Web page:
Three banks led by Royal Bank of Scotland said on Friday they were ready to make an unsolicited offer for ABN Amro , increasing pressure on the Dutch bank to consider an alternative to an agreed deal with Barclays.
In addition, ABN Amro was called to a hearing at the Enterprise Chamber of the Amsterdam Court of Appeal at 9 am Amsterdam time Saturday after the Dutch shareholders' association VEB demanded that ABN Amro ask shareholders to vote on its planned $21 billion sale of its U.S. unit LaSalle to Bank of America .
The RBS-led consortium, which is pressing ABN for full access to its books, said it wanted to meet with the Amsterdam-based bank's board as soon as possible.
The consortium, which also includes Spain's Santander and Belgian-Dutch group Fortis, earlier this week proposed a 72 billion euro ($98 billion) bid for the Dutch bank, trumping an agreed offer with Britain's Barclays.
But their proposal was conditional on ABN scrapping its planned $21 billion sale of U.S. unit LaSalle Bank -- a key asset for suitor RBS -- to Bank of America.
The banks said on Friday that the conditions of that sale -- which include a "go-shop" clause allowing ABN until midnight on May 6 to seek higher bids -- prompted a formal notification of
their intention to make a public offer.
Under Dutch law, a bidder can either agree an offer with management or must give 7 days' notice of its intentions. A suitor cannot announce a price without giving the target a chance to discuss the offer over that 7 day period.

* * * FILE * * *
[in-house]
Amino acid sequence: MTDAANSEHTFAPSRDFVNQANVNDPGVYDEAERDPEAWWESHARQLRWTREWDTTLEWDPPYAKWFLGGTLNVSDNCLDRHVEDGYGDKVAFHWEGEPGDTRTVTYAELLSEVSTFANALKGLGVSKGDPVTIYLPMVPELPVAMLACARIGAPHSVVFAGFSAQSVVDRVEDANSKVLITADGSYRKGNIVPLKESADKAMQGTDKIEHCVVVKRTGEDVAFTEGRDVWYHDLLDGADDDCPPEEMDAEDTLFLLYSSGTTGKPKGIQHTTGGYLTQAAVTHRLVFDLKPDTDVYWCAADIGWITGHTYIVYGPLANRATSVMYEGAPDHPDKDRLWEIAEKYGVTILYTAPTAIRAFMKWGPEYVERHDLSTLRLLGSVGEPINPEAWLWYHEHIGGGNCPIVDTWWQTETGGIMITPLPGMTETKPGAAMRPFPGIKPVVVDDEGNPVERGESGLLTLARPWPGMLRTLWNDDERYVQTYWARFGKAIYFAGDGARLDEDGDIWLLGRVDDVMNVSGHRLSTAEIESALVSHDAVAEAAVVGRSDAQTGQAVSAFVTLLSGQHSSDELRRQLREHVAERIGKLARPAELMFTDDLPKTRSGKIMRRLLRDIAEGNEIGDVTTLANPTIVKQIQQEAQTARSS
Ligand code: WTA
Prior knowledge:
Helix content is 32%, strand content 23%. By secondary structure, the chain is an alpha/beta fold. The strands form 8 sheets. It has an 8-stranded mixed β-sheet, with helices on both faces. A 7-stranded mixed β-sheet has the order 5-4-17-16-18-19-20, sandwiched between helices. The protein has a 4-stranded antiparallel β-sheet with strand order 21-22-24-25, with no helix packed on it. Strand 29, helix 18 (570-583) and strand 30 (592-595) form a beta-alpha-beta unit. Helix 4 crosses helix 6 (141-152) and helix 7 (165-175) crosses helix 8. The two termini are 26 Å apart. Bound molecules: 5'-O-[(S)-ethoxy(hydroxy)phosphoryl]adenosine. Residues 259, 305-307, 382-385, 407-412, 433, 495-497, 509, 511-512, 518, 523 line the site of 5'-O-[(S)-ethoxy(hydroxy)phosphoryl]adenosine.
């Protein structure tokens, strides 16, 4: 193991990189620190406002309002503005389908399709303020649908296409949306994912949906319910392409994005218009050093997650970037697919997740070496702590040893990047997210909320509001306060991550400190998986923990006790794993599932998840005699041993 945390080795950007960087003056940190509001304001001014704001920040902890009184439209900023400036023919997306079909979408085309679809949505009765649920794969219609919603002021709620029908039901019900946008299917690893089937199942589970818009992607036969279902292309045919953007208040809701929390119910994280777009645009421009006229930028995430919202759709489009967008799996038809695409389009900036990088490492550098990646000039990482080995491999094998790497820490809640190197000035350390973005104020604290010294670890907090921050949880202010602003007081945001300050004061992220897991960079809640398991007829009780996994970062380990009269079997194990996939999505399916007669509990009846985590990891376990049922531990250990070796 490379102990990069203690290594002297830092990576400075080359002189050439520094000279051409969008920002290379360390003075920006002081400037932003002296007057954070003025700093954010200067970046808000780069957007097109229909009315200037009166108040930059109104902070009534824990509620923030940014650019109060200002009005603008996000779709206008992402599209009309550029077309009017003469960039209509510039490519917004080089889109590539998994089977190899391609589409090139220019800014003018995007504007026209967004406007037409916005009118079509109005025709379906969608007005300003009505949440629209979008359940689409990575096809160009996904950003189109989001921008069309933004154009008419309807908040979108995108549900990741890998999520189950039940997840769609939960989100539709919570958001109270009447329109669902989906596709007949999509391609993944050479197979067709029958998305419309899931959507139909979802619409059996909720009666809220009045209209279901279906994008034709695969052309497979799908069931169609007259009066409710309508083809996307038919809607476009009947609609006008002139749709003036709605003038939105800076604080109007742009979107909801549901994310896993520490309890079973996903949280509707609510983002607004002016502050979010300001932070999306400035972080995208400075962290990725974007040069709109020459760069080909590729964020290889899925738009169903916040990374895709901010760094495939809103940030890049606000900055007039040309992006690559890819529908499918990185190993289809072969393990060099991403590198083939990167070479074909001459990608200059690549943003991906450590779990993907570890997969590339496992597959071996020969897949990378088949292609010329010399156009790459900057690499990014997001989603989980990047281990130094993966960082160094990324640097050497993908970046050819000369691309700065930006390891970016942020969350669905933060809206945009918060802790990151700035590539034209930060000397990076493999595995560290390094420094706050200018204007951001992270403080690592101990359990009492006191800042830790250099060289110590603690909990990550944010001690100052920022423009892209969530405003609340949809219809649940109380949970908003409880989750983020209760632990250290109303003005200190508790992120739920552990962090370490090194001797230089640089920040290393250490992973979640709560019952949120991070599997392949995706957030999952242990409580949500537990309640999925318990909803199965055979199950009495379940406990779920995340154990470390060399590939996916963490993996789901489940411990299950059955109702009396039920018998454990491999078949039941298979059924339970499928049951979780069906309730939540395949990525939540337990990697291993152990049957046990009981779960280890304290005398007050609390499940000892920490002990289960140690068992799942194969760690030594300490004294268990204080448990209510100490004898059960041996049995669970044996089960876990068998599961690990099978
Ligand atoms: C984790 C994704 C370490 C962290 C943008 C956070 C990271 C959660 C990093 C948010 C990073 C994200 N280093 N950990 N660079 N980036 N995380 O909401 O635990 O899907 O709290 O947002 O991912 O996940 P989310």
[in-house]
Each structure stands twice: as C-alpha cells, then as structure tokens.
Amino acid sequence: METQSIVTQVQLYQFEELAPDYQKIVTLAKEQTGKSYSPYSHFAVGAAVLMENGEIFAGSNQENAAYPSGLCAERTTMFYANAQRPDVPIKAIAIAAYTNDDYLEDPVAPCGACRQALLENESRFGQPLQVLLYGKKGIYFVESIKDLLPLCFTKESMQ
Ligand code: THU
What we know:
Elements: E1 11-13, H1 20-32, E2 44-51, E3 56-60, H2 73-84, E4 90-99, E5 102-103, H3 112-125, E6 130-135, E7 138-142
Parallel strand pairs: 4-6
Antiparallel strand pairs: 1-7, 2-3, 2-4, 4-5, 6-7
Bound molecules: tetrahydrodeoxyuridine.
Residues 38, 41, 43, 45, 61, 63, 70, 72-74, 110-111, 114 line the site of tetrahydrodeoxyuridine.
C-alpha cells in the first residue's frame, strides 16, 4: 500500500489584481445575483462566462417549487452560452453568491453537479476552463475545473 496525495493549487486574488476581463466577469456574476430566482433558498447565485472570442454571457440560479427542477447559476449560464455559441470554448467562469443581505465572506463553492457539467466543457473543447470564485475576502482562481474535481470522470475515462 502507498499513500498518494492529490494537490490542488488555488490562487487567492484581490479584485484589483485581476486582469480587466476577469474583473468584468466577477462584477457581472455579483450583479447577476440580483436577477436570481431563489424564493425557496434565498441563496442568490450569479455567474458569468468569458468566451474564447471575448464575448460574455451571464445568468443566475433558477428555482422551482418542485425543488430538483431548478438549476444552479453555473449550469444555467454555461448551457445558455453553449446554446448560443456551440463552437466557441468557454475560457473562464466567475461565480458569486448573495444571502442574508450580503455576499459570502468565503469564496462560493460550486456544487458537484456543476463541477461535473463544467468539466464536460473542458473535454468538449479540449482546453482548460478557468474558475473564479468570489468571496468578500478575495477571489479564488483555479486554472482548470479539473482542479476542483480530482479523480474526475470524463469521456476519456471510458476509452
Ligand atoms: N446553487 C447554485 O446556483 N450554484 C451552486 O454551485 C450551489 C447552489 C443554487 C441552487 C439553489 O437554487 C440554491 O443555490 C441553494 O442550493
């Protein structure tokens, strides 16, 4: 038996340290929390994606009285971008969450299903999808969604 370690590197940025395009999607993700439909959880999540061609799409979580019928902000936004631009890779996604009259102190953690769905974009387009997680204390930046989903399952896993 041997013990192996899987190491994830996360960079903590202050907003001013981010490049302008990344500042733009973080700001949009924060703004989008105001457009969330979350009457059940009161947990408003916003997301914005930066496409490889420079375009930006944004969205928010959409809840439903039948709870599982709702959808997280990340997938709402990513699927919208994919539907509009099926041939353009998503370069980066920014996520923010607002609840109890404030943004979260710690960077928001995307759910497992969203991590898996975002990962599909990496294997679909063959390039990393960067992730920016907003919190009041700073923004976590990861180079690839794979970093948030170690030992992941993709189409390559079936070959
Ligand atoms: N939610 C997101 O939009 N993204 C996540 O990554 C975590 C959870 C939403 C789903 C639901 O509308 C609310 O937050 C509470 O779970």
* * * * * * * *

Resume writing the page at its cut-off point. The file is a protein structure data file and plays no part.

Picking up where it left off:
A 7-day period from the notification late on Thursday would end late next week -- days before the LaSalle sale closes.
"The consortium want an agreed bid, but they also want to ensure the right to make an offer anyway," one source familiar with the matter said.
"This is a procedural move. It keeps the options open," another source close to the matter said, adding the banks had not yet signed a controversial confidentiality agreement that would allow them access to ABN's books.
ABN said in the early hours of Thursday it would allow the banks due diligence subject to confidentiality clauses -- which the suitor banks later said included a 12-month provision
precluding an unsolicited offer.
ABN's management favours a deal with Barclays, saying it wants to build up the business rather than break up the bank.
Sources close to the matter said the consortium still hoped to sign the confidentiality clauses, but only without the 12-month "standstill" provision.
"This appears to suggest that the consortium would be willing to launch a hostile bid if necessary," Bear Stearns said in a note. "It might also suggest that the conditions previously
announced when the consortium declared its interest in making a bid for ABN Amro could be waived."
Even as the biggest ever bank takeover battle heated up shares in the banks remained broadly flat, with ABN up 0.7% at 36.56 euros -- just above the Barclays offer, worth 35 euros at current prices, but still well below the RBS consortium's 39 euro-a-share offer, indicating market expectations of a drawn out fight for ABN.
The banks said in a statement that under Dutch regulation they are not permitted to provide details of the price they had indicated in their notice to ABN's boards.
"The banks continue to believe that their proposals offer materially higher value for ABN AMRO's shareholders and benefits to customers and employees compared with the recommended offer
from Barclays," the consortium said.
"The banks have invited the supervisory and managing boards of ABN Amro to discuss the banks' proposals further as soon as possible."
ABN declined to comment.